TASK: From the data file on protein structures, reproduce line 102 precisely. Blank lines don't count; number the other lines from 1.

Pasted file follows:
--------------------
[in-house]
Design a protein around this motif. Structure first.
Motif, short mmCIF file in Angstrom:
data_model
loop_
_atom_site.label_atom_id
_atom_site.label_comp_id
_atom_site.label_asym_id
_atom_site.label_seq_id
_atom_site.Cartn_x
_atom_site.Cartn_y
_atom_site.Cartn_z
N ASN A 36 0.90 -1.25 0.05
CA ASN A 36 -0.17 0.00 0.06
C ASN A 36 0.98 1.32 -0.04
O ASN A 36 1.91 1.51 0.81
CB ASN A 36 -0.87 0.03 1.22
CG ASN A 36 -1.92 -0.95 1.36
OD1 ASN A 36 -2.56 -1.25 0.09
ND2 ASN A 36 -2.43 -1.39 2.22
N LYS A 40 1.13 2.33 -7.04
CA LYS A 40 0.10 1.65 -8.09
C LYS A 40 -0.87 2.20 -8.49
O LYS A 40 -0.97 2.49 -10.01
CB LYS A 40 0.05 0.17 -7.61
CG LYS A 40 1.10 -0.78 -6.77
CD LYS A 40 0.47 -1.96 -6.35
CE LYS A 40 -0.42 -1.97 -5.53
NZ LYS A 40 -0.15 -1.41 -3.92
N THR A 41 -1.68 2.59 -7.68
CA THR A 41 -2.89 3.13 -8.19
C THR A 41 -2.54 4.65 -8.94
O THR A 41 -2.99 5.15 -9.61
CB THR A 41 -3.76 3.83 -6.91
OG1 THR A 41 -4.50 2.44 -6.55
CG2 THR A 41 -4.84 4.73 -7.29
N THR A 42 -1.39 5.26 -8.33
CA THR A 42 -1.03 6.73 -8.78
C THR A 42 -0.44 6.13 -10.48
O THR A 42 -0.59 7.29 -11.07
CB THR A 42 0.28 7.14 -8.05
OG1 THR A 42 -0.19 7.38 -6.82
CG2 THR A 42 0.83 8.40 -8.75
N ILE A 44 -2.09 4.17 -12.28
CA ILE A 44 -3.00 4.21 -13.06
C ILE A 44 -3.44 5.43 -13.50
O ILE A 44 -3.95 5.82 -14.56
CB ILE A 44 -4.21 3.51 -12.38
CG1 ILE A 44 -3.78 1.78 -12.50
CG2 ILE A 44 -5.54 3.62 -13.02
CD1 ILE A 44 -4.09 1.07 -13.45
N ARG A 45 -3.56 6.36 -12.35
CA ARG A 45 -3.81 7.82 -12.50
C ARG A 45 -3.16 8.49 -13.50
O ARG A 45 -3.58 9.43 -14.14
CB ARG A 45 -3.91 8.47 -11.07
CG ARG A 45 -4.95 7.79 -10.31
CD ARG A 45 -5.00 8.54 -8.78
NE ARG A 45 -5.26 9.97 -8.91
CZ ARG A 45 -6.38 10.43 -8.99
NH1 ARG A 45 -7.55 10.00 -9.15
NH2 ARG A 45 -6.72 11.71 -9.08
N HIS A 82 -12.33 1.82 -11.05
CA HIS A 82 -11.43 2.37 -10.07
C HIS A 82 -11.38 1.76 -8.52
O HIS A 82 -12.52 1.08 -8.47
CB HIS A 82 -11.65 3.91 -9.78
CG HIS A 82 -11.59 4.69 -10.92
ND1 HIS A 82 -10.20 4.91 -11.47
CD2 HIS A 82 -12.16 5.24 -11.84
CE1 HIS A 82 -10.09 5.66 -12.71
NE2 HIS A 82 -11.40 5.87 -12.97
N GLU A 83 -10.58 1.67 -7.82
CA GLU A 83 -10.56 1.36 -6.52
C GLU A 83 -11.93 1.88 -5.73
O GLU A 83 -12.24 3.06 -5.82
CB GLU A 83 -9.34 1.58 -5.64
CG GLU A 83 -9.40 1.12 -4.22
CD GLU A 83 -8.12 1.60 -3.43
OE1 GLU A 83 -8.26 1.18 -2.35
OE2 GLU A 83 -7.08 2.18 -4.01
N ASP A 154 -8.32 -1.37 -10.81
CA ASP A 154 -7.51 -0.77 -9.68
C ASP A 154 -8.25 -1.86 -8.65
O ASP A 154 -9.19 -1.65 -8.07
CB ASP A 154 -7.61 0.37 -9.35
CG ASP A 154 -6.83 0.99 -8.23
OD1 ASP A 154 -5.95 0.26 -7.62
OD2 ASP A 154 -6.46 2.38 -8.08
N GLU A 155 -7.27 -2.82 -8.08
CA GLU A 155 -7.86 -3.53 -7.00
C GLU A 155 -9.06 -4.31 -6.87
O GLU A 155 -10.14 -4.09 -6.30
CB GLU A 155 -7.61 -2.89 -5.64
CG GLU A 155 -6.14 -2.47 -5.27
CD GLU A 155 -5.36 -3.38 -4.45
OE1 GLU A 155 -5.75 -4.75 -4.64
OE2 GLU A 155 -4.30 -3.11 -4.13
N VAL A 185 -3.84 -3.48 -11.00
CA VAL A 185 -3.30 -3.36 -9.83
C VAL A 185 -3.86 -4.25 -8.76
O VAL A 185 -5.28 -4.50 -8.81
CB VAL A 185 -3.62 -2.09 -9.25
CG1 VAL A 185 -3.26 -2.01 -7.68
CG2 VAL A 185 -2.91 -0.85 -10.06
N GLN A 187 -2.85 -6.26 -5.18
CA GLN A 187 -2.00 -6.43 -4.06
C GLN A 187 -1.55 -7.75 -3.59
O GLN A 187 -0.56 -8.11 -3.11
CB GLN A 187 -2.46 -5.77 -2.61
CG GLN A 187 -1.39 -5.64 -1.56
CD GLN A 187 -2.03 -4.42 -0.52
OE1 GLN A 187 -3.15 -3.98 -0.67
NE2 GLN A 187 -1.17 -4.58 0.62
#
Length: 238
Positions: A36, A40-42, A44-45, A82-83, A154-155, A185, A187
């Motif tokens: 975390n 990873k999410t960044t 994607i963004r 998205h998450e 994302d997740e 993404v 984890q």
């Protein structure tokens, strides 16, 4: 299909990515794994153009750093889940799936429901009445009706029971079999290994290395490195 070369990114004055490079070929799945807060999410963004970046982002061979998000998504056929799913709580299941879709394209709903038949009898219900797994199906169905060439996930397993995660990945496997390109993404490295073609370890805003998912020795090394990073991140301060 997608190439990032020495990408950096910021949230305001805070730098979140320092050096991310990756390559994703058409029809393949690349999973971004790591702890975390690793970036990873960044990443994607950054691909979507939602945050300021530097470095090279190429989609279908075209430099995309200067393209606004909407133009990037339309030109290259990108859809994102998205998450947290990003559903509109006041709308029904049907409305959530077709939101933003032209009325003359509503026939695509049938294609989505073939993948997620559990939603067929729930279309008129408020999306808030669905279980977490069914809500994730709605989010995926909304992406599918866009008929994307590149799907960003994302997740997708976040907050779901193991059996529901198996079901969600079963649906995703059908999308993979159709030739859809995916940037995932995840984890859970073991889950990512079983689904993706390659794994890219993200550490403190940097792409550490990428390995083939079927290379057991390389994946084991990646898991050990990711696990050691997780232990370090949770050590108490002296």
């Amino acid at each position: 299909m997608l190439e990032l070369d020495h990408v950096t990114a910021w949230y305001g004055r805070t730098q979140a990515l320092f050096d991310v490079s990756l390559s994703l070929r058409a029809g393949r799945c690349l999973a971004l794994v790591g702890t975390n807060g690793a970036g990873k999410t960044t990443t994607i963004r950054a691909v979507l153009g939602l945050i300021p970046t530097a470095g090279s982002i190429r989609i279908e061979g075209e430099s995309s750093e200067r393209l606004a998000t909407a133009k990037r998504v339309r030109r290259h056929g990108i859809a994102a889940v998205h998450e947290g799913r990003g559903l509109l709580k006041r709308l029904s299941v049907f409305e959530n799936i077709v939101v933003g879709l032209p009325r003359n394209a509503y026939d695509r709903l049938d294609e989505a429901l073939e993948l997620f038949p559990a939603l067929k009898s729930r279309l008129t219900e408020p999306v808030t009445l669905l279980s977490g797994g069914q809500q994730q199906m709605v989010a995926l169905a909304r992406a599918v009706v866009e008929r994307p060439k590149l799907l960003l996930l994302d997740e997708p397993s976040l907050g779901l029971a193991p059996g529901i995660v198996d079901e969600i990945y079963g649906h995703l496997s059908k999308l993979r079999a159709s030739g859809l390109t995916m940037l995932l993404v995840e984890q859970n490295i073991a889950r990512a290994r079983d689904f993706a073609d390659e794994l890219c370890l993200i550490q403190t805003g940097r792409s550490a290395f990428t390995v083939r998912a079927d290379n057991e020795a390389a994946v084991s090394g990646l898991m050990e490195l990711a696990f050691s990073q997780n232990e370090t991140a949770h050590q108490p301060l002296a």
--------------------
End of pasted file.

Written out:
O VAL A 185 -5.28 -4.50 -8.81